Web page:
Why don’t they get it? Are they not serving again this week? Don’t they understand what we’re trying to accomplish here?!
Those are just a few questions that echoed in my head Sunday after Sunday during my first year of leading kids’ ministry. It was so easy to get frustrated as I thought of the leaders who just couldn’t grasp the importance of what we were trying to accomplish every week.
And although it’s true that sometimes people just couldn’t grasp it, I continued to cast vision for kids’ ministry . . . with few people following it. Clearly, my volunteers didn’t know how important understanding our vision was.
But finally, I realized that was my problem.
The truth is that we can cast the most compelling vision for ministry at the beginning of every year. However, without an effective way to continue casting vision, it will drain out over time. Oftentimes, this leaves our teams struggling to remember what matters most.
How to Cast Vision for Kids’ Ministry
If we aren’t careful, our vision for ministry has the potential to become a distant memory when our teams face ministry challenges. For every volunteer to follow our vision, we must find ways to communicate consistently. Over the years, I’ve learned there are three key ways to cast vision for kids’ministry in order to keep volunteers focused on what matters most.
1. Cast vision for ministry annually (or even quarterly)
Finding time to meet in person (or maybe digitally now), with all the volunteers in your ministry on an annual or quarterly basis is key. This will cast a big picture of what really matters most in your ministry. It’s your opportunity to share all at once with every single leader where you’re going and how you plan to get there.
These bigger meetings with volunteers are the perfect way to share the 30,000-foot vision. More importantly, these gatherings will build a strong connected team that shares a common goal of investing in the faith of kids week after week. Each annual or quarterly meeting should clearly define your vision and the path toward it. The tone we set at these bigger meetings can likely translate to the tone of the ministry’s vision, so they should definitely also include a huge dose of fun.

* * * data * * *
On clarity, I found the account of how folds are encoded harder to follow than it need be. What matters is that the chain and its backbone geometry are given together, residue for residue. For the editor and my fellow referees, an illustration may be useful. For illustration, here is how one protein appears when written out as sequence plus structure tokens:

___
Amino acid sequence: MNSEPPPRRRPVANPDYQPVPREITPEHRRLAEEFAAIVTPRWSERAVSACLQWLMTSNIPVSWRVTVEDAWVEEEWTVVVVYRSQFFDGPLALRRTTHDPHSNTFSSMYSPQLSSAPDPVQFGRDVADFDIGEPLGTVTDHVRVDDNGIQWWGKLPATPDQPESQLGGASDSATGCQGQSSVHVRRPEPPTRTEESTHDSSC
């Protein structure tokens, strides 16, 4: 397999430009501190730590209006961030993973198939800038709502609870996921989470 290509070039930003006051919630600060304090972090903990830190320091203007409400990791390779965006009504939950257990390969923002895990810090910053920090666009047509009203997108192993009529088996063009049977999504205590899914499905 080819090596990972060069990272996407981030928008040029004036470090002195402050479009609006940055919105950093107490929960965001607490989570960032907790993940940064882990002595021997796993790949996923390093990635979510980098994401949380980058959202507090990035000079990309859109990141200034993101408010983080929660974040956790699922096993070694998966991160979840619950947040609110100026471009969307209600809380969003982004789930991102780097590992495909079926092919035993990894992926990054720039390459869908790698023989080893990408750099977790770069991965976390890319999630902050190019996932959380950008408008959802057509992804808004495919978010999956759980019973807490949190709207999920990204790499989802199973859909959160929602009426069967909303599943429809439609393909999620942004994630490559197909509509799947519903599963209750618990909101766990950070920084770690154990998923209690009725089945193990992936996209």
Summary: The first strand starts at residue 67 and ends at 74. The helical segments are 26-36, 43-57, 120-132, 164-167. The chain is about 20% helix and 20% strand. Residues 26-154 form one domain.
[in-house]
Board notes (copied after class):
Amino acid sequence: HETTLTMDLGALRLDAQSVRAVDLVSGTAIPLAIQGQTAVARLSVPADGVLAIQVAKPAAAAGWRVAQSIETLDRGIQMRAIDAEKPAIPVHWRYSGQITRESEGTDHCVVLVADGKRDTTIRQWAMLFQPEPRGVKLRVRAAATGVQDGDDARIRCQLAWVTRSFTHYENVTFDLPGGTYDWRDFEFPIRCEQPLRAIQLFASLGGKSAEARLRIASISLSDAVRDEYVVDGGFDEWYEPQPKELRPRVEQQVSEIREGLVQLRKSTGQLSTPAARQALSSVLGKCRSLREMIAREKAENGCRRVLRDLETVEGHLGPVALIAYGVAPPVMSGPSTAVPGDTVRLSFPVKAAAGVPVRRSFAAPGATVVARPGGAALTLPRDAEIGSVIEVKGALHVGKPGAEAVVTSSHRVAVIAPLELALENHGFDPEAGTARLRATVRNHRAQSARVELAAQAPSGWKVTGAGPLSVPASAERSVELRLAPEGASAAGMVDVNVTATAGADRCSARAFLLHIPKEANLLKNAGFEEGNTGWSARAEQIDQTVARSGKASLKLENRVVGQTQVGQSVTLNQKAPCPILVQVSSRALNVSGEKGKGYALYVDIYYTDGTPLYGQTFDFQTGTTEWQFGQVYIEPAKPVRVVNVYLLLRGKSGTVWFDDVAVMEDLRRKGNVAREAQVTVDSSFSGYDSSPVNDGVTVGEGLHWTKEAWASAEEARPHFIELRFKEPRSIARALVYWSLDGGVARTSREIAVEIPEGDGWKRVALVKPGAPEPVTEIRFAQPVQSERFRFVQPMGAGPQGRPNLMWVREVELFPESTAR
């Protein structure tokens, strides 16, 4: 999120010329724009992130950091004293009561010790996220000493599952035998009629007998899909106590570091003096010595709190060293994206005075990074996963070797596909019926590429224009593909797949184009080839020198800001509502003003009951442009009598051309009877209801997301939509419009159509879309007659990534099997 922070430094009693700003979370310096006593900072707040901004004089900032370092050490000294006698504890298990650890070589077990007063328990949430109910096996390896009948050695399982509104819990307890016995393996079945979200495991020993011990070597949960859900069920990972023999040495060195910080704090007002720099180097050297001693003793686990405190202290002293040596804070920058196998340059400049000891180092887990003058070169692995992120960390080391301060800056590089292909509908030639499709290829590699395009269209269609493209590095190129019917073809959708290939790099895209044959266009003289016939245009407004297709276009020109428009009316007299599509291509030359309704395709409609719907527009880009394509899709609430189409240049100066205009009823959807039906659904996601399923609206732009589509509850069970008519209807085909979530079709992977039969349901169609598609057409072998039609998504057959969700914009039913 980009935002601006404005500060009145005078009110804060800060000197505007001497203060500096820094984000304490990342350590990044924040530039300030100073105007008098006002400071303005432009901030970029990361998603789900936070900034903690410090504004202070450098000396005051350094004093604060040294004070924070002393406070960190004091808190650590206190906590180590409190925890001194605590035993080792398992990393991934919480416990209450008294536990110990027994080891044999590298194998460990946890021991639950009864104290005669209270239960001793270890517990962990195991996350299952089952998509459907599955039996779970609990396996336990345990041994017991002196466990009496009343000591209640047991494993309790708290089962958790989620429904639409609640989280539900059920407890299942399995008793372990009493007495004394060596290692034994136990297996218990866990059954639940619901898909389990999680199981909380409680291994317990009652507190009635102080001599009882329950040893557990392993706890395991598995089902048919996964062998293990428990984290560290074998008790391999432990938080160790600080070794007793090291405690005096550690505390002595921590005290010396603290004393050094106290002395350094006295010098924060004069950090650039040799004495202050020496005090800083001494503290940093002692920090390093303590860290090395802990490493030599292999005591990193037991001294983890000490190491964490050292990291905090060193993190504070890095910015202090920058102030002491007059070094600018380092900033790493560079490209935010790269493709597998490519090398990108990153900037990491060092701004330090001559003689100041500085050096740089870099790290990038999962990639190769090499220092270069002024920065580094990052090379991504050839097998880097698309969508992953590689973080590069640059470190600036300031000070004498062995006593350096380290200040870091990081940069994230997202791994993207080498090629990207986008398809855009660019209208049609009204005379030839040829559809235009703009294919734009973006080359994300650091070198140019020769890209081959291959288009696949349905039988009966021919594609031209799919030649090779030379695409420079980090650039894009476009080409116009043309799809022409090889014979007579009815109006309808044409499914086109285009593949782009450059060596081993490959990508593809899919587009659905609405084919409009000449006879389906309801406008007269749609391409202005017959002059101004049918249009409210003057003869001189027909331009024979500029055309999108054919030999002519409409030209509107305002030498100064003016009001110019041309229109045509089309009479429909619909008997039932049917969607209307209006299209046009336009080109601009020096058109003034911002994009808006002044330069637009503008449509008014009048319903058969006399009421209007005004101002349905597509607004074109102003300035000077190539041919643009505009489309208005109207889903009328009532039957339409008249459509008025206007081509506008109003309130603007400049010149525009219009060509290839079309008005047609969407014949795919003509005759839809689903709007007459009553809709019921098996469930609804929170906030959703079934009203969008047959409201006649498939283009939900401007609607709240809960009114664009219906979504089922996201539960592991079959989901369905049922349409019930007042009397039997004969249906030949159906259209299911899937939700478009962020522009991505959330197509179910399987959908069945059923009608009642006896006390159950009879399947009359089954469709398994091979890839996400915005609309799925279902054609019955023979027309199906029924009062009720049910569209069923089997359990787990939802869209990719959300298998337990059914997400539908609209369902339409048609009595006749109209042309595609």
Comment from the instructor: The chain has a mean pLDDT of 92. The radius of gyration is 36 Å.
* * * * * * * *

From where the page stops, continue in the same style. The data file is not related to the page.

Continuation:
2. Cast vision weekly
We can’t fully trust that the annual vision we share will stick with our volunteers overtime. As the challenges of ministry rise, it’s easy for our teams to forget what we said months ago. The obstacles before them become louder than the mission ahead of them. Thankfully, we can become strategic about casting vision weekly so that our leaders don’t forget why they’re serving.
One of the most effective ways to cast vision for ministry on a consistent, weekly basis is with a volunteer huddle. A volunteer huddle is simply a quick meeting with your team before they serve. It’s a meeting to cast vision, inform your leaders, and pray. By creating an intentional time and space to remind them of what matters most ensures that the vision drips from week to week.
3. Cast vision one-on-one
It’s important that we’re also strategic about casting vision one-on-one with our kidmin volunteers. Whether you’re having coffee with a leader, sending a note of encouragement, or calling a small group leader, every conversation should leak more of your vision.
You see, when we have an opportunity to connect with volunteers one-on-one, we can remind them of the vision. It provides an opportunity to encourage them to play a bigger part in the vision too. But most importantly, it allows us to celebrate that they’re truly moving the vision forward!
These strategic one-on-one conversations also strengthen the relationships within our ministry. They allow us to leverage these connections to clarify any vision-confusion and personally help volunteers focus on what’s important.
When we are strategic about casting vision for ministry effectively and consistently, we align leaders to focus on what matters most everyday.
For ideas on how to cast vision for partnering with parents, click here!
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